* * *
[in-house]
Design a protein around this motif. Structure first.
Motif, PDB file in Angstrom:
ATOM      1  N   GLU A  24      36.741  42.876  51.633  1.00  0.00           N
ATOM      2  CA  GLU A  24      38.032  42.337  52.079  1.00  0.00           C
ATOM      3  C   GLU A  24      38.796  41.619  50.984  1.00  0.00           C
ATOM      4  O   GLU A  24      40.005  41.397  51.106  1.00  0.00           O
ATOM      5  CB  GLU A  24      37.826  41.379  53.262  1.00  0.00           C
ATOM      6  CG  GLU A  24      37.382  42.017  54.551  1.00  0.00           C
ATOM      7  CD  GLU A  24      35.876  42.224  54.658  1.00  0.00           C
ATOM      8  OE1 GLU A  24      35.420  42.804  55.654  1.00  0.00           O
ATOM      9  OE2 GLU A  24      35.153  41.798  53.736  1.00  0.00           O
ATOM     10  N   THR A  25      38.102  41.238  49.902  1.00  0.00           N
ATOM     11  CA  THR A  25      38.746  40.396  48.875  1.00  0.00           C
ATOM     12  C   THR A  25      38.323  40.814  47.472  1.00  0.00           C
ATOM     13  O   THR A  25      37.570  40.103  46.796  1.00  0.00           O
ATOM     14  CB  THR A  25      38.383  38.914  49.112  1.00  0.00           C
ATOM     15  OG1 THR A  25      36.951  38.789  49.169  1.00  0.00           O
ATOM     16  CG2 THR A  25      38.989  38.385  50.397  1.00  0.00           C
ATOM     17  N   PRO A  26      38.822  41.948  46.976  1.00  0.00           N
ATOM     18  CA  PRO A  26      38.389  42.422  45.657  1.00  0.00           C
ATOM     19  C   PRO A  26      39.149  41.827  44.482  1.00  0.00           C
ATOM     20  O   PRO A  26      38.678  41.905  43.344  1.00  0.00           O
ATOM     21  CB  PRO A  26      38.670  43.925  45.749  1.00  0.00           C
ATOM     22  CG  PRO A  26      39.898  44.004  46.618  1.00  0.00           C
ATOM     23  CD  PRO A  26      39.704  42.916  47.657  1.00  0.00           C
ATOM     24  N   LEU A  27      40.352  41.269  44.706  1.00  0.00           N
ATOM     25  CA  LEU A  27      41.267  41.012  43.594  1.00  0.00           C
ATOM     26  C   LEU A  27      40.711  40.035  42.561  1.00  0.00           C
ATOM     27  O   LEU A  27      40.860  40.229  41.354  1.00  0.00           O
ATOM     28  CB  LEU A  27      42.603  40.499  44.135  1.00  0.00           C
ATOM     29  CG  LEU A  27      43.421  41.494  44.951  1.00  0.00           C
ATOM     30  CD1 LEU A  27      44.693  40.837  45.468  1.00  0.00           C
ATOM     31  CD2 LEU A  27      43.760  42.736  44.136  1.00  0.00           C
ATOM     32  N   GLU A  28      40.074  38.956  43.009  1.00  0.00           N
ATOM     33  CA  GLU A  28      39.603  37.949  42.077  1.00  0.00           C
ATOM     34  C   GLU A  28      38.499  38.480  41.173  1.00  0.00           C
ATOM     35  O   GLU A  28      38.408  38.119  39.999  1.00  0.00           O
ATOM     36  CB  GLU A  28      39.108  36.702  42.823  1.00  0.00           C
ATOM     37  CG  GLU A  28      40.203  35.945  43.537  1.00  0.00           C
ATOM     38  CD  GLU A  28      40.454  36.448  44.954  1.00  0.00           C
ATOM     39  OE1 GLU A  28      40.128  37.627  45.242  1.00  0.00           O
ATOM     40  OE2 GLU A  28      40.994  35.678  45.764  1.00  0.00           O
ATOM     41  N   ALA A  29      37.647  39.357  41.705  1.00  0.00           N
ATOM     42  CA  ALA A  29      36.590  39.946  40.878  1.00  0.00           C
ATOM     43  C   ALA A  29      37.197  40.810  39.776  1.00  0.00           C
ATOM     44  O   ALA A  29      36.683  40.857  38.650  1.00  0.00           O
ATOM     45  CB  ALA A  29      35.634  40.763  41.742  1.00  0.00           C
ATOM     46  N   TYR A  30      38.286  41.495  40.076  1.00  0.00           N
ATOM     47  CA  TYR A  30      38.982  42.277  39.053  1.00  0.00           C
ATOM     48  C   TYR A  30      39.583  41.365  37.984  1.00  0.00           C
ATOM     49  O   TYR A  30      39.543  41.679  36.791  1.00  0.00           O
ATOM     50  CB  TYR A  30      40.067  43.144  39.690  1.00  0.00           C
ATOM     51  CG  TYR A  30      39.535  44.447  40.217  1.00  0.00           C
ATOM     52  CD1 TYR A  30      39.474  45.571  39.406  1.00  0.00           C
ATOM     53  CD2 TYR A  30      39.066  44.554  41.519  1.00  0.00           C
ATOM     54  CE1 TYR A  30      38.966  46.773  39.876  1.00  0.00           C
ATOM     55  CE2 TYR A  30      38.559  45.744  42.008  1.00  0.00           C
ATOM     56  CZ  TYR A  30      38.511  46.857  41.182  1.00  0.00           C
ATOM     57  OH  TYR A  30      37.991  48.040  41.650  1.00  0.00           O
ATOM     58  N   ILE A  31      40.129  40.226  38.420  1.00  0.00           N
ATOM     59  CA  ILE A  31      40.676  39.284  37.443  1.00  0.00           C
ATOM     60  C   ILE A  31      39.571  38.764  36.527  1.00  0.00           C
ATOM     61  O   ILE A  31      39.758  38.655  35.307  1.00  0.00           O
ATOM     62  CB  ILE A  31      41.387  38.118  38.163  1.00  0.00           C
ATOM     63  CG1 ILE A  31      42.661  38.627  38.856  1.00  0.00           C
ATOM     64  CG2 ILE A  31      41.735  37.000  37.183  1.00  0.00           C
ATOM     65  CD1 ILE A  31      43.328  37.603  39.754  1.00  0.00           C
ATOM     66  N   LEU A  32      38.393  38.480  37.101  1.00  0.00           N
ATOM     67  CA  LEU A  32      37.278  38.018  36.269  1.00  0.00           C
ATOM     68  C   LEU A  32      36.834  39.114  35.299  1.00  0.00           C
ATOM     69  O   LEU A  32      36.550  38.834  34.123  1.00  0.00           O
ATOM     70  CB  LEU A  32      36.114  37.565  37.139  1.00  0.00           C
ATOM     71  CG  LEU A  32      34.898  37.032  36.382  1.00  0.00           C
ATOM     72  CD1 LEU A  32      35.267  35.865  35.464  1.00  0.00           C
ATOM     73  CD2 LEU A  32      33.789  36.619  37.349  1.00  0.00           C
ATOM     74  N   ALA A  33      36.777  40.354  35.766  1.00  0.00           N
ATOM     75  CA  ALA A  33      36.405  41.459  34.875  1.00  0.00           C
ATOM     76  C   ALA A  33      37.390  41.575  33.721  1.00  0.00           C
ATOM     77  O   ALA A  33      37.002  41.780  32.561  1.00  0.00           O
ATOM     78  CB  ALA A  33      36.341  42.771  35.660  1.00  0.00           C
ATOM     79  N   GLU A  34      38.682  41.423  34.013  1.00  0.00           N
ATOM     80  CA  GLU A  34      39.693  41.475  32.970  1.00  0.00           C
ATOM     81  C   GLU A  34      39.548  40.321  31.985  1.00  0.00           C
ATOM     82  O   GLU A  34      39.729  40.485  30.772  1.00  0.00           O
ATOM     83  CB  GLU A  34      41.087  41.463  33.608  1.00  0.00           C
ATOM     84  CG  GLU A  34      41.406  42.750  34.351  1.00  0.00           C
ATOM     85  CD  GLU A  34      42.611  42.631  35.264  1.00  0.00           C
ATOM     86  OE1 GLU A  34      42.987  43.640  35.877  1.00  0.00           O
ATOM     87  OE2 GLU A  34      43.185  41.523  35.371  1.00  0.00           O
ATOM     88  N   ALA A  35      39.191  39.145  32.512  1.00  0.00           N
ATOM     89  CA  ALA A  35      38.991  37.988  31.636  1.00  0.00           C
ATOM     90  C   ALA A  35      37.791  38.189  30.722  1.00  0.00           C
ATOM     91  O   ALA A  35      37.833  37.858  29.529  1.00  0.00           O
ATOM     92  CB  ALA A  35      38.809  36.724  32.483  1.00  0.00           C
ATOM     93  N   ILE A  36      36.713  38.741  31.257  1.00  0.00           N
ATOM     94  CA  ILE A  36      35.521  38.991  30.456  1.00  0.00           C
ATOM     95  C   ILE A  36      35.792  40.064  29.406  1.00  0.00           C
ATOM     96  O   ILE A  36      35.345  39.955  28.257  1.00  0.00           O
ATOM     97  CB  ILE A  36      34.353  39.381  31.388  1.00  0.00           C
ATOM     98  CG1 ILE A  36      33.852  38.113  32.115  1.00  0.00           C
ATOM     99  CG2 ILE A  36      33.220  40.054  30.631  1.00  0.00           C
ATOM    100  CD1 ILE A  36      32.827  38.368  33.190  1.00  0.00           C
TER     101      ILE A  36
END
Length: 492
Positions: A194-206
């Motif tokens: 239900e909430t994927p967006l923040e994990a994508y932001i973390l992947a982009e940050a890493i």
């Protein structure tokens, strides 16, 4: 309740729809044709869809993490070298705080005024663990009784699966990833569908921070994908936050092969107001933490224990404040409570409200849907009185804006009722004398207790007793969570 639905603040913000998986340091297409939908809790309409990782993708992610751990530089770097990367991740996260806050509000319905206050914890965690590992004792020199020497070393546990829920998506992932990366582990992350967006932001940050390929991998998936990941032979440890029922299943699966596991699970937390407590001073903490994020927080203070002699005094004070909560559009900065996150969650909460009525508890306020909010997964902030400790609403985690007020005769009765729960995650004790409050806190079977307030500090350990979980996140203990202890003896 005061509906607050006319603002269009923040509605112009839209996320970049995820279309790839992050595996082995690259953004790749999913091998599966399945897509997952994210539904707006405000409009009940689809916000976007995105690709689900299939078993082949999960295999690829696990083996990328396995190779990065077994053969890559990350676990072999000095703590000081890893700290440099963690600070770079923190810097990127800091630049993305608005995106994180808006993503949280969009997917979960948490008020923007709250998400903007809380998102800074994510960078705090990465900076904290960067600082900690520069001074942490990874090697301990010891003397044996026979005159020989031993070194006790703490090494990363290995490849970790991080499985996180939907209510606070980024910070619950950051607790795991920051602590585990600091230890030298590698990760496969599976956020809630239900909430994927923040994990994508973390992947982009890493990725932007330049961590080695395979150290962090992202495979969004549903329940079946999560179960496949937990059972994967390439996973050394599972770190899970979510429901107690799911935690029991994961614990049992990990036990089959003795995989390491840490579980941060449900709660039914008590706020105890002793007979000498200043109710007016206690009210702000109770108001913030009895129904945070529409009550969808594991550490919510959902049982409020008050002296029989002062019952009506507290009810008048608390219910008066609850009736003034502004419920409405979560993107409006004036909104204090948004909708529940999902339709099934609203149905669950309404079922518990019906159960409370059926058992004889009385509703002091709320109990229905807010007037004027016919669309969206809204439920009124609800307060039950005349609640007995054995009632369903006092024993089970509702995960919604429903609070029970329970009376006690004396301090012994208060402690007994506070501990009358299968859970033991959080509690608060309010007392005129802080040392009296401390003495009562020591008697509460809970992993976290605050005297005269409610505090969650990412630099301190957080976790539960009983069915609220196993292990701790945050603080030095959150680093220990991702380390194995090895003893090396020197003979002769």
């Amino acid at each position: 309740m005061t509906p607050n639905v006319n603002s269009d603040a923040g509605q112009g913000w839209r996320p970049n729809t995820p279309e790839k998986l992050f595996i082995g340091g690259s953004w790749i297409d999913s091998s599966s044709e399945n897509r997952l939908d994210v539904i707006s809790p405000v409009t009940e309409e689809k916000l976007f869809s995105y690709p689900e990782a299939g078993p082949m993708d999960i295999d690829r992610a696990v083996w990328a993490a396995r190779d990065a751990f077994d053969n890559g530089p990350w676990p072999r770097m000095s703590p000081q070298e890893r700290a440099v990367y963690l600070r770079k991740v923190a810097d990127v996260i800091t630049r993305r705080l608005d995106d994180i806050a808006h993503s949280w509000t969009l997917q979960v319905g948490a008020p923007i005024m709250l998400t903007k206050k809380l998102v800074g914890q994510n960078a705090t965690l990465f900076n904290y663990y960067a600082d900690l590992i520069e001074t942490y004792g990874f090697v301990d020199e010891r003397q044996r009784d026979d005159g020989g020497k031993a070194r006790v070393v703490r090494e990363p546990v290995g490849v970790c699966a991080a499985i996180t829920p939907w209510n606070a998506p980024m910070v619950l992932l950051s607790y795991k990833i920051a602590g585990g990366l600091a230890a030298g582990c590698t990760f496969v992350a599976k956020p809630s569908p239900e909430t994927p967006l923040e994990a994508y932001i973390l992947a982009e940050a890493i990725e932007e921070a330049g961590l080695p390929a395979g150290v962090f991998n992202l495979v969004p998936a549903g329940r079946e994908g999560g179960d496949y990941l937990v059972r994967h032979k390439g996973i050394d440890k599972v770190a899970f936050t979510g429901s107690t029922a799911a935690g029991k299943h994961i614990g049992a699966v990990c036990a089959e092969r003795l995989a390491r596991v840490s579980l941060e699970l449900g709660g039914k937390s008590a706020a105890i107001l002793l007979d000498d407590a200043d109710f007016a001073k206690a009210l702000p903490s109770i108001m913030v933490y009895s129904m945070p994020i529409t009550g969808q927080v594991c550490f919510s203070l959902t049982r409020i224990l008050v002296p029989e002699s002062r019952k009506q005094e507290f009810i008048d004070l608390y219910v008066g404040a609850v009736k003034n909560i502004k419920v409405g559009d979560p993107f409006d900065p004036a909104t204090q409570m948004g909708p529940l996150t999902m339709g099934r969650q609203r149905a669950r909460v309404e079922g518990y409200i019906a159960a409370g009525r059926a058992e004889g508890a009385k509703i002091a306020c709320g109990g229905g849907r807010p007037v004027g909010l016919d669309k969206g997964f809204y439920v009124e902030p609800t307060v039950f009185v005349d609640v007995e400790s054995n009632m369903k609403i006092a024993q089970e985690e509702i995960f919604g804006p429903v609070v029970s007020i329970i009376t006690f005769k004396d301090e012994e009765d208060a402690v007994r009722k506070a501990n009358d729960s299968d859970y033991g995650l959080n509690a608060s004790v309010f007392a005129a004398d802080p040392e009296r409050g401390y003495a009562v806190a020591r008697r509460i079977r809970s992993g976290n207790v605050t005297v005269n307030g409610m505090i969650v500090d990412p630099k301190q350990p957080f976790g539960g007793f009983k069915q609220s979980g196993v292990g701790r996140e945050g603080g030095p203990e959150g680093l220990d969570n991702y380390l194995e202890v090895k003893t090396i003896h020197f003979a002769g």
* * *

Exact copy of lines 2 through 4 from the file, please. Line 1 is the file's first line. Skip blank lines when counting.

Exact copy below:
Design a protein around this motif. Structure first.
Motif, PDB file in Angstrom:
ATOM      1  N   GLU A  24      36.741  42.876  51.633  1.00  0.00           N